What is a blog?

What is a blog? 

QUOTES  

A blog (a truncation of the expression “weblog”) is a discussion or informational website published on the World Wide Web consisting of discrete, often informal diary-style text entries (“posts”). Posts are typically displayed in reverse chronological order, so that the most recent post appears first, at the top of the web page. [1]

The term “weblog” was coined by Jorn Barger on 17 December 1997. The short form, “blog”, was coined by Peter Merholz, who jokingly broke the word weblog into the phrase we blog in the sidebar of his blog Peterme.com in April or May 1999. [2]

The emergence and growth of blogs in the late 1990s coincided with the advent of web publishing tools that facilitated the posting of content by non-technical users who did not have much experience with HTML or computer programming…. In the 2010s, the majority are interactive Web 2.0 websites, allowing visitors to leave online comments, and it is this interactivity that distinguishes them from other static websites. In that sense, blogging can be seen as a form of social networking service. Indeed, bloggers do not only produce content to post on their blogs, but also often build social relations with their readers and other bloggers. [3]

Exactly how many blogs there are in the world is difficult to know, but what’s clear is that blogs online number in the hundreds of millions. The total number of blogs on Tumblr, Squarespace, and WordPress alone equals over 440 million. In actuality, the total number of blogs in the world likely greatly exceeds this number. We do know that content is being consumed online more widely, more quickly, and more voraciously than ever before. According to WordPress, 76.3 million posts are published on WordPress each month, and more than 409 million people view 22.3 billion blog pages each month. [4]

U.S. President Barack Obama acknowledged the emerging influence of blogging upon society by saying “if the direction of the news is all blogosphere, all opinions, with no serious fact-checking, no serious attempts to put stories in context, then what you will end up getting is people shouting at each other across the void but not a lot of mutual understanding.” [5]

NOTES

A blog is a magazine which can be produced by an individual. It is instant publishing.

The word blog refers to a “binary log” or diary that appears on the Internet. Like a magazine, a blog can focus on pictures or articles or any combination of both. Links can connect readers to other articles in the blog, external to the blog, video (such as YouTube),  or music or any other website.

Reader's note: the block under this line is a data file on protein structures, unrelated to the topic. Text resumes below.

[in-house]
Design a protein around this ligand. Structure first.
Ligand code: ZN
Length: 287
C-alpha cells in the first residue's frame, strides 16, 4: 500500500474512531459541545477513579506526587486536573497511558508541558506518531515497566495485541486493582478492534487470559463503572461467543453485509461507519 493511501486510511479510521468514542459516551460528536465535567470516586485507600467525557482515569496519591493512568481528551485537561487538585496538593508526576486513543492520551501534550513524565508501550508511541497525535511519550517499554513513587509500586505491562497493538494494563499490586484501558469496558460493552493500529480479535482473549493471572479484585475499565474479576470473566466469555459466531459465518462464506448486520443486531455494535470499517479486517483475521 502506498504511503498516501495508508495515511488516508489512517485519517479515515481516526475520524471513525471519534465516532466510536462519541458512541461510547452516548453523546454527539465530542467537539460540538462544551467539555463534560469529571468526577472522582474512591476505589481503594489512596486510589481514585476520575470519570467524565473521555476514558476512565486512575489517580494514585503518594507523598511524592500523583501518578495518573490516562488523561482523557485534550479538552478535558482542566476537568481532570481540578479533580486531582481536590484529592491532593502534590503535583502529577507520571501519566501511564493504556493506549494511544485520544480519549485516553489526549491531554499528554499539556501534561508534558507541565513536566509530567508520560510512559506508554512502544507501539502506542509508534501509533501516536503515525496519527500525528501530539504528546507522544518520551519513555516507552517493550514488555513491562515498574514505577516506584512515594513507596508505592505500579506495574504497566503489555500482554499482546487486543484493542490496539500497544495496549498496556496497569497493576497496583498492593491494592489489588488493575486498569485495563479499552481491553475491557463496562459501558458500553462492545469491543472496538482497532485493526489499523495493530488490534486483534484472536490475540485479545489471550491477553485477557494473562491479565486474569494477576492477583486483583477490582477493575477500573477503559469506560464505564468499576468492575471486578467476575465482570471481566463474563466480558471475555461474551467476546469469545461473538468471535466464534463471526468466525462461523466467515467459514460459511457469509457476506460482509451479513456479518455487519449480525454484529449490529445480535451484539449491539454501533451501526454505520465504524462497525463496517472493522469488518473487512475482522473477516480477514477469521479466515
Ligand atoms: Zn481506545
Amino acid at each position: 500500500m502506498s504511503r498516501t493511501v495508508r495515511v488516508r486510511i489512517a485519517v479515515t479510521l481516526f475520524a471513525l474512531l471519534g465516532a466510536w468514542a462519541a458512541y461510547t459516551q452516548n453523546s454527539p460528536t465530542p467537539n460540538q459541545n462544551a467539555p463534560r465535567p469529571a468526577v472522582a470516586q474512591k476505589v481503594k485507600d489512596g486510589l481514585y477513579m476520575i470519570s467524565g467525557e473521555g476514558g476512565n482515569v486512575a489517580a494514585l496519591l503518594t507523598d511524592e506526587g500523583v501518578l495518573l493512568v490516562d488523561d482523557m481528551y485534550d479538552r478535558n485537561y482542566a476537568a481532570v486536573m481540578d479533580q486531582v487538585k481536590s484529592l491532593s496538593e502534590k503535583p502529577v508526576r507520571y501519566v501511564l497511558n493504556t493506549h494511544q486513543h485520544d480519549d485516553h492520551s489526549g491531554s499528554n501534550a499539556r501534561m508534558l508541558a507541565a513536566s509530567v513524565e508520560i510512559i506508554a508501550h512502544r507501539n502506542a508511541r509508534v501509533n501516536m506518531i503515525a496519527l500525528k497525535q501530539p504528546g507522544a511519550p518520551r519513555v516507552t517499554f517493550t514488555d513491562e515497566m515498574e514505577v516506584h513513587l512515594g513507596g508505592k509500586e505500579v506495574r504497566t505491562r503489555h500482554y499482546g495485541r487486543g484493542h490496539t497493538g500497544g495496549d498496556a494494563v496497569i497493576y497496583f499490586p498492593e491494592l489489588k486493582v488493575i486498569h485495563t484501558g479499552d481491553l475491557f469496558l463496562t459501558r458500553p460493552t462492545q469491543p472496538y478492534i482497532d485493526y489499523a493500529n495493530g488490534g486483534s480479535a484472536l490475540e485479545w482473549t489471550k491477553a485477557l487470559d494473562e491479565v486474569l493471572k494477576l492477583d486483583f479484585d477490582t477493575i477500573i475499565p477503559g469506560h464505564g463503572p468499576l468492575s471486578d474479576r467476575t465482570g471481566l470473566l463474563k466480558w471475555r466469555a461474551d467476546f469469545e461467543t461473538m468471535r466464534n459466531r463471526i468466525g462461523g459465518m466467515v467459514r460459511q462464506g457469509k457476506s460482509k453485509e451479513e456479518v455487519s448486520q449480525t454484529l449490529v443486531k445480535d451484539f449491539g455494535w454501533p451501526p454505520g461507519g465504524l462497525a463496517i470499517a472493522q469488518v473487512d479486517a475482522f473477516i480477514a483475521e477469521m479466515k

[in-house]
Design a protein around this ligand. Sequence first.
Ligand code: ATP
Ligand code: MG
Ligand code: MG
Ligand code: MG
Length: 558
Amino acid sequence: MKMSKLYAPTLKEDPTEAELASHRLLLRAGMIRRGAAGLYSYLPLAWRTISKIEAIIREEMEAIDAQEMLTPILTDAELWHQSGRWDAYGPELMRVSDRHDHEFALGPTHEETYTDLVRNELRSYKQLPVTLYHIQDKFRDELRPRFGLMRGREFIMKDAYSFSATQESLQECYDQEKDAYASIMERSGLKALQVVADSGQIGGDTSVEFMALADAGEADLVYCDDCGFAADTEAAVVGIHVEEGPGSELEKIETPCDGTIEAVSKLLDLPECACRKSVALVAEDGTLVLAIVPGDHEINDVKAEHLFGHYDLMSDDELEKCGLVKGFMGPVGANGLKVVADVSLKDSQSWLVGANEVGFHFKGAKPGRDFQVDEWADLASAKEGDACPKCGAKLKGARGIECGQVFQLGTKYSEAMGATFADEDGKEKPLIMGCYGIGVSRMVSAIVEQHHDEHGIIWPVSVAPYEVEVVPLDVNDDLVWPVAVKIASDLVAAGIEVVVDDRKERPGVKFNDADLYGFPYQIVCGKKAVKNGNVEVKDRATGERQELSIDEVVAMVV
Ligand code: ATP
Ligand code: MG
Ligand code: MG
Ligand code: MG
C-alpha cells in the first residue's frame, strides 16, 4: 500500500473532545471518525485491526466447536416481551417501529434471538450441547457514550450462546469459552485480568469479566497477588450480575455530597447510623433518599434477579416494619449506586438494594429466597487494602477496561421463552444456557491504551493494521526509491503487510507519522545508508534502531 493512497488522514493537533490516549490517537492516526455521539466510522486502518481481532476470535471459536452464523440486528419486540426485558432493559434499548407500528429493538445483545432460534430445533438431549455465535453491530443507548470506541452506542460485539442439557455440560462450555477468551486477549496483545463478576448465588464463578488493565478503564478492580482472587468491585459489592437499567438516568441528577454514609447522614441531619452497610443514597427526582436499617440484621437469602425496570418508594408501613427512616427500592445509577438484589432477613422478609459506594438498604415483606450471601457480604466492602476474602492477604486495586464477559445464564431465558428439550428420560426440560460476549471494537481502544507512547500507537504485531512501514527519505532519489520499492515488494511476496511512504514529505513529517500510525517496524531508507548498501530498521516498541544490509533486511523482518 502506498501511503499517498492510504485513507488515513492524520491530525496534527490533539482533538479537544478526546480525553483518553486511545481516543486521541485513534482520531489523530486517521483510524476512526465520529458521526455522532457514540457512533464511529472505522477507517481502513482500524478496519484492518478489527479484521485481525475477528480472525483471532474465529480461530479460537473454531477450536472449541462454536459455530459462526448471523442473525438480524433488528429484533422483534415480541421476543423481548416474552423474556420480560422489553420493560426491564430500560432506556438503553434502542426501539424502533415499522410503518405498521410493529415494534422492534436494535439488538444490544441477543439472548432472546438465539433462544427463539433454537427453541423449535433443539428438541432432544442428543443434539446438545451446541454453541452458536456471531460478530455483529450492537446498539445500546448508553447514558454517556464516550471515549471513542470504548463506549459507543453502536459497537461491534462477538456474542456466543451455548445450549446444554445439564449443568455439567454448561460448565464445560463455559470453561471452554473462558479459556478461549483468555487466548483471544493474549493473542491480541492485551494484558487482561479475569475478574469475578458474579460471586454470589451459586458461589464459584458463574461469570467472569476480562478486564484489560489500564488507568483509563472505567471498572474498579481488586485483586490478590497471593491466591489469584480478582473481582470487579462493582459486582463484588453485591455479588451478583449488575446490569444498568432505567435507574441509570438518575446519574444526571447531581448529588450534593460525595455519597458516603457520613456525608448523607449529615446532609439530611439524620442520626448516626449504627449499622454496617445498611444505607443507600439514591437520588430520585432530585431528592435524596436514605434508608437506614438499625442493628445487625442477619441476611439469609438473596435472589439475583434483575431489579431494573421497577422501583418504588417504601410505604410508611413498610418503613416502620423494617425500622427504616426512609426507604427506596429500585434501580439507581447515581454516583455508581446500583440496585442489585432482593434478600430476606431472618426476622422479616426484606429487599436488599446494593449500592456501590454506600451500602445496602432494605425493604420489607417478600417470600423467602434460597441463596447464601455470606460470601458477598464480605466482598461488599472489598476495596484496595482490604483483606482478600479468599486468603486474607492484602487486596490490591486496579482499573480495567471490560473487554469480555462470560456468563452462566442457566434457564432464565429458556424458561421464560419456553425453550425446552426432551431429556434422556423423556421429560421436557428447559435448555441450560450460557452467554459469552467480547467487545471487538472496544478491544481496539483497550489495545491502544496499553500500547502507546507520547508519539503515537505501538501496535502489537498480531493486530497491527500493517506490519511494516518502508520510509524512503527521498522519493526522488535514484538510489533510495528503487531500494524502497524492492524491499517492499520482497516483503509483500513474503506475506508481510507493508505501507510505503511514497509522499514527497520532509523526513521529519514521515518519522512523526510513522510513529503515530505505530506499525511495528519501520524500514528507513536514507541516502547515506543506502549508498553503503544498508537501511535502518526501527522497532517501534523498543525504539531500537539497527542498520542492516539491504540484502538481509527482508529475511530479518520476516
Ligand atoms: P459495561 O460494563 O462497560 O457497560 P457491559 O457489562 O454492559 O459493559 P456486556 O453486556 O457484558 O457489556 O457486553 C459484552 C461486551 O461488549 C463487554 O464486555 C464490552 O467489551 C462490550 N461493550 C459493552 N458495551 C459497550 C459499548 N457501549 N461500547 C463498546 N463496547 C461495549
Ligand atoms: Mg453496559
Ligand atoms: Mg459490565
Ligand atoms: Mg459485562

An article on a blog is called a “post.” Blog posts can be long or short, scholarly or informal, and contain valuable information or useless drivel. The writer is the publisher and can put out anything he or she wishes instantly for readers who visit the blog.

And that’s the problem. You can publish thousands of words and have absolutely zero readers. Zero readers. Is your goal to be published or is your goal to be read? If your goal is to be read by more people than your mother and your significant other, more work is required. If your goal is to influence people who read your material or to change the world, then a lot more work is required. Your material must add value to the reader’s life so that they will return to read more. Your material must draw readers who are unaware of you to read your material for the 1st time period how does one do that?

Blogging is self-publishing. One value that professional publishers provide is to bring readers to your work. One way they do this is to ensure that the work is quality work. They also find ways to monetize, or make money, from your work, which allows them to be paid and you to be paid. If you self-publish, that task falls to you … with the freedom to do everything your way and all of the money which is produced.

QUESTIONS

Who is your audience? What is your goal?

Could blogging help you influence your audience and reach your goal?

SOURCES

[1] Blog – From Wikipedia, the free encyclopedia at https://en.wikipedia.org/wiki/Blog

[2] Ibid.

[3] Ibid.

[4] HOW MANY BLOGS ARE THERE IN THE WORLD?  from  http://mediakix.com/2017/09/how-many-blogs-are-there-in-the-world/#gs.JzEcFGo

[5] Robert W. McChesney and John Nichols, Delaware Online, November 3, 2009., quoted in Blog – From Wikipedia, the free encyclopedia at https://en.wikipedia.org/wiki/Blog

“Technical Issues” is a category of posts prepared for “The Writing Pastor” workshop attempting to provide answers to questions that might come up related to the technical issues of blogging. I am not an expert … but willing to share my opinion and experience. Someone who knows what they are doing will probably find my generalizations hilarious. My hope is that someone who knows less than I do might find them helpful.

The image is from ChurchArt.com, a subscription service.

This entry was posted in Technical Issues. Bookmark the permalink.

Leave a Reply

Your email address will not be published. Required fields are marked *

This site uses Akismet to reduce spam. Learn how your comment data is processed.